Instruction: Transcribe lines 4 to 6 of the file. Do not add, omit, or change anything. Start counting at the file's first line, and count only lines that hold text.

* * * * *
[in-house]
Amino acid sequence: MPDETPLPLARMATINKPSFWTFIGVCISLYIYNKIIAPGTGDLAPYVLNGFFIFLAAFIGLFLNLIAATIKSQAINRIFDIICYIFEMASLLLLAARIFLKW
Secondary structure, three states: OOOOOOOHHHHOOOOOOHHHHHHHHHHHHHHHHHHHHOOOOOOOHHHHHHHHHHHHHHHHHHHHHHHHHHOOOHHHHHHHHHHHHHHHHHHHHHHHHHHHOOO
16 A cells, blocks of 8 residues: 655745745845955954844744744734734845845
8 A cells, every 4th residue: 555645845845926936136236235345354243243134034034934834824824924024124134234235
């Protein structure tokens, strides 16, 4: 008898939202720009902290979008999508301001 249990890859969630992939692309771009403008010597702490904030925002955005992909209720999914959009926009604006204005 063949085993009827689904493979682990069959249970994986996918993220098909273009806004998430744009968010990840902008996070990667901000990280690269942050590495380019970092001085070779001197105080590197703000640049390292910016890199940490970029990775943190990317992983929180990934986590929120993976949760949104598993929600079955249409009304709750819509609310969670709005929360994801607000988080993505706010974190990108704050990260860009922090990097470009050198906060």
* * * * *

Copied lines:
16 A cells, blocks of 8 residues: 655745745845955954844744744734734845845
8 A cells, every 4th residue: 555645845845926936136236235345354243243134034034934834824824924024124134234235
């Protein structure tokens, strides 16, 4: 008898939202720009902290979008999508301001 249990890859969630992939692309771009403008010597702490904030925002955005992909209720999914959009926009604006204005 063949085993009827689904493979682990069959249970994986996918993220098909273009806004998430744009968010990840902008996070990667901000990280690269942050590495380019970092001085070779001197105080590197703000640049390292910016890199940490970029990775943190990317992983929180990934986590929120993976949760949104598993929600079955249409009304709750819509609310969670709005929360994801607000988080993505706010974190990108704050990260860009922090990097470009050198906060």